Regina Taylor, attorney for Kitsap Rifle and Revolver Club, received topographical maps she requested from Kitsap County’s Geographic Information System the day after she made the request.
Taylor late last week said she believed her comments at a meeting of the county’s board of commissioners on Sept. 27 lit a fire under to county to comply with her request. But Neil Wachter of the prosecutor’s office, who is handing the county’s case against the gun club for alleged code violations and safety concerns, said information never was withheld from Taylor.
In her comments to the board Monday night, Taylor said she was told by a GIS analyst on Sept. 27 that she would have to go through the prosecutor’s office to get the maps. When I called Kitsap County Prosecutor Russ Hauge Tuesday morning for clarification, he said it appeared her request fell under “rules of discovery,” related to litigation. Any time one party in litigation requests information from the opposing party in the suit, the court requires a record of information traded, Hauge said.
Later in the week, Hauge stood by his initial analysis. Based on what I told him, the rules of discovery appeared to apply. But since Wachter is handling the case, Hauge had deferred to him to make the call.
Wachter said he told GIS to “respond to her (Taylor) as they would any other citizen of the county requesting a map.”
There was nothing subversive about how the county responded, he said. “To my knowledge, nothing she has requested has been delayed because of that temporary misunderstanding,” Wachter said.
Part of the confusion stems from the fact the GIS office serves all other county departments, as well as local cities … and the general public. Their job is to make maps, and the bulk of their body of work is available free online to anyone and everyone. Not even a public records request is required. GIS is independent of, yet inter-related to the prosecutor’s office and the department of community development, which is involved in the suit through its code enforcement staff.
Taylor had made an inquiry of GIS during the summer. According to Diane Mark, manger of GIS, Taylor, identifying herself as the the gun club’s attorney, called the office again on Sept. 27, saying she needed certain topographical maps in a hurry (in time for the meeting). The GIS analyst she spoke to contacted DCD to make sure they didn’t already have what she wanted (no point in duplicating efforts), said Mark. DCD, in turn, suggested GIS check with the prosecutor’s office to make sure Taylor’s order didn’t fall under the category of a public records request.
Mark said that also would have been her inclination. “In any situation where there’s any type of litigation, I make sure if any department in the county is involved.”
Wachter’s ruling was, no, not only was what Taylor was asking not subject to the rules of discovery, it did not require a formal public records request. But GIS staff was not so sure, Mark said. The reason was, Taylor asked for topographical maps for properties mentioned in the gun club suit. After some creative thinking, the GIS analyst suggested she simply make a map for Taylor showing land within a radius of the gun club that would encompass those addresses. That’s how Taylor made her request, which was accommodated Tuesday afternoon.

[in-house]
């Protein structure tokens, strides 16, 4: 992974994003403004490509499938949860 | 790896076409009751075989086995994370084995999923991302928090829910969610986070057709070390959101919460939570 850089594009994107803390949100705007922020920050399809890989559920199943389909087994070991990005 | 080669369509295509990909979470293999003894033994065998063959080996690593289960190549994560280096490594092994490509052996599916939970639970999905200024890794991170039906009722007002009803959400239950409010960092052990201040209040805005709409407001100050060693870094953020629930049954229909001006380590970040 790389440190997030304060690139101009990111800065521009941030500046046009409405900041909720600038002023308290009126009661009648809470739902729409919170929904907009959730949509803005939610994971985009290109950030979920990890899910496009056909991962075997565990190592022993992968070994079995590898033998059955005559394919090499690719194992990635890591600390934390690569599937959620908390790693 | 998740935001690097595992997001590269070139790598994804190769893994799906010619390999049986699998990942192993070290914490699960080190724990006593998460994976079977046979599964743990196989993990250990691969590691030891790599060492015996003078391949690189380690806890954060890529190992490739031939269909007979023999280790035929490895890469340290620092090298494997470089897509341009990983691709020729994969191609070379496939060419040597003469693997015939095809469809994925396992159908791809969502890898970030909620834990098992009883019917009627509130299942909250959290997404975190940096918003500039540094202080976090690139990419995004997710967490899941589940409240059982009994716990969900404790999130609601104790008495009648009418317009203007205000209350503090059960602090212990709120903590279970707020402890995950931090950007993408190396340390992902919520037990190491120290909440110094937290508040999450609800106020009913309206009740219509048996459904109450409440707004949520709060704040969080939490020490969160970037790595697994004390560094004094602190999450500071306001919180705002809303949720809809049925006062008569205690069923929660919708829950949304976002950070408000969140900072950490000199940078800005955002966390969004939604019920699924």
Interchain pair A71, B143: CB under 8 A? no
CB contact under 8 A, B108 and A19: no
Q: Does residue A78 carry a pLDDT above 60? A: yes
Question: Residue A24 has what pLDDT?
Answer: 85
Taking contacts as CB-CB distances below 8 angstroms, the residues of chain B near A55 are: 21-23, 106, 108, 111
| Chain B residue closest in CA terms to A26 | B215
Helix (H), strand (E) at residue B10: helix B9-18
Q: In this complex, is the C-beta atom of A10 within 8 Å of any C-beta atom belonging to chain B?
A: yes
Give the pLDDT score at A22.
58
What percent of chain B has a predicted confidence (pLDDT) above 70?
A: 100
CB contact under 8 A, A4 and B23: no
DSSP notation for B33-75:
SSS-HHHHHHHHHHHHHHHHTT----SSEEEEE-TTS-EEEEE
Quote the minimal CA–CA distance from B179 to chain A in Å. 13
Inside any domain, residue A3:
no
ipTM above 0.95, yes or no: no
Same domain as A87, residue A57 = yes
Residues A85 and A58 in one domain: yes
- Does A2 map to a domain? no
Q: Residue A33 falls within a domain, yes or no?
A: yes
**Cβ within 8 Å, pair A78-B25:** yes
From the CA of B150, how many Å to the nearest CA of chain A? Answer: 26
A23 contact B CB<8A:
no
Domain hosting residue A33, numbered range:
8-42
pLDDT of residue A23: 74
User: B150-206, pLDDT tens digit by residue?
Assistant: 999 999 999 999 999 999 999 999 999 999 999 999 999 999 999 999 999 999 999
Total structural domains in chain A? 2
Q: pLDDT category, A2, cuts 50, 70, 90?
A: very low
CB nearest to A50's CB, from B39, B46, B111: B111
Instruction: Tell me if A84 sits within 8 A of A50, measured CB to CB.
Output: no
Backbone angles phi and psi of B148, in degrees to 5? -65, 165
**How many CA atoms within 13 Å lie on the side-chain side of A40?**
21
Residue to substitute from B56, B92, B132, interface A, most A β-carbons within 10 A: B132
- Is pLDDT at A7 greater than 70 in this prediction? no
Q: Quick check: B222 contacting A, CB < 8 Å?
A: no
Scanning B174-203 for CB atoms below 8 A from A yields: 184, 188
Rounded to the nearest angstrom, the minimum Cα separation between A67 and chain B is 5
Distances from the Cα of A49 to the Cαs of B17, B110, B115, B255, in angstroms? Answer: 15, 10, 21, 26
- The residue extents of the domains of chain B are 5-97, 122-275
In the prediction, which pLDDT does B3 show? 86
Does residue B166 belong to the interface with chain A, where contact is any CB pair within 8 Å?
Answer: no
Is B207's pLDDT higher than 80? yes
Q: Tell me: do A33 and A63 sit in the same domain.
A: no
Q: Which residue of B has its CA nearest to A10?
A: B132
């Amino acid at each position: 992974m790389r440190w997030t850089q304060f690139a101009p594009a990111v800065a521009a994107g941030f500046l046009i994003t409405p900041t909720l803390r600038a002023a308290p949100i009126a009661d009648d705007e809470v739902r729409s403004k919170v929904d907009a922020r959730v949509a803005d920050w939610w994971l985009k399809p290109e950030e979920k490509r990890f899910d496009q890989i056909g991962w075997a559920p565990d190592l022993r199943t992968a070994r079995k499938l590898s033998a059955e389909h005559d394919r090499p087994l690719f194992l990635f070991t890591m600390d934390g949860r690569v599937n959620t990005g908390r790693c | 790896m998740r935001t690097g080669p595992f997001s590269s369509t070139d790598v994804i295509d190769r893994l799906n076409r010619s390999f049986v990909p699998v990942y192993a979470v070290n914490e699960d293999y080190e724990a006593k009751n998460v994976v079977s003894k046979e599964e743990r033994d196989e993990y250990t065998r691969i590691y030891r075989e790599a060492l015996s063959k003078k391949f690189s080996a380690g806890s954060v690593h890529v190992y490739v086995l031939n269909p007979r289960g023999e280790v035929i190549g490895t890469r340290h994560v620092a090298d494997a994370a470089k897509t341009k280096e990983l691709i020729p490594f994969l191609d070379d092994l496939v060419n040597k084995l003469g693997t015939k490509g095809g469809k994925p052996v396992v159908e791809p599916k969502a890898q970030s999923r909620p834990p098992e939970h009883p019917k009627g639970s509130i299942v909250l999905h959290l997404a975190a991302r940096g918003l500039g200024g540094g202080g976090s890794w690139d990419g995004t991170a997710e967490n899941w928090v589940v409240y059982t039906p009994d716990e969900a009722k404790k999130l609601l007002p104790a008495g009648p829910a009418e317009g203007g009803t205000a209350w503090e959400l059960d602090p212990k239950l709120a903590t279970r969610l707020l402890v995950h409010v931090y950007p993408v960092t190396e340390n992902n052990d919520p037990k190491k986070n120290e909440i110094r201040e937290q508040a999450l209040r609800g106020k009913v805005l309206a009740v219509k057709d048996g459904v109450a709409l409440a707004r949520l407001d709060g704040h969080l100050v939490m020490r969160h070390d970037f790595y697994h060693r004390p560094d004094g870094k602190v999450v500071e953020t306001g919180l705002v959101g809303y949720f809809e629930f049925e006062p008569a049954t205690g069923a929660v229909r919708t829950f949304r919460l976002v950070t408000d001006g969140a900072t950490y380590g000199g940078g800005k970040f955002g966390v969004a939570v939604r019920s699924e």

“My concern is that this is being misconstrued as withholding information,” said Mark. “In reality, we bent over backwards to meet her request on very, very short notice.”
Just to review the time frame, Taylor made her initial inquiry about topographical maps this summer. On Sept. 27 (last Monday) she called the GIS office urgently seeking the maps for the meeting that night. Sometime between her inquiry and Tuesday afternoon, GIS contacted DCD, then the prosecutor’s office. Wachter gave GIS the green light, and Taylor’s maps were produced by GIS staff.
So, was Hauge, as Taylor and others have suggested, overstepping his authority? Not in so many terms, according to legal experts from outside Kitsap County. If it’s one thing I’ve learned from interviewing attorneys it’s the meaning of the term equivocal. If I were interviewing doctors, the terminology might be “within normal limits.”
Could Taylor’s request fall under the category of rules of discovery? “It doesn’t sound out of line. It just sounds a little bureaucratic,” said Jan Ainsworth, who teaches criminal law at Seattle University School of Law.
In other words, an attorney would be within his or her rights, when informed of a request such as Taylor’s to say, “Time out, let’s make sure this doesn’t fall under the rules of discovery.”
Then there’s the issue of the interrelationship of county departments. “All of those departments are technically the prosecuting attorney’s clients. That’s why it becomes a little different if it’s litigation,” said Bob Siderius of the Washington Bar Association. “I can see why the prosecuting attorney would want to have records of request made for documents.”
That being said, Siderius added, a simple public records request would seem to suffice.
In any case, be it under rules of discovery, or a public records request or a simple request for data, county officials have consistently supported Taylor’s right to the information she requested. Small detail: rules of discovery allow 30 days for a response. A public records request may be responded to within 5 days, at least to inform the requesting party how long it will take to accommodate the request. The actual document(s) could be weeks out.
But remember, folks, the deputy prosecutor who is handling the case said the information Taylor requested was simple public information, available without a request. And the fact is, she received the maps on Tuesday, pretty quick turn-around for a custom job for a member of the public, Mark said.
“We’ve not done anything to obstruct her from getting the information,” said Hauge. “We’re bending over backwards to accommodate her request.”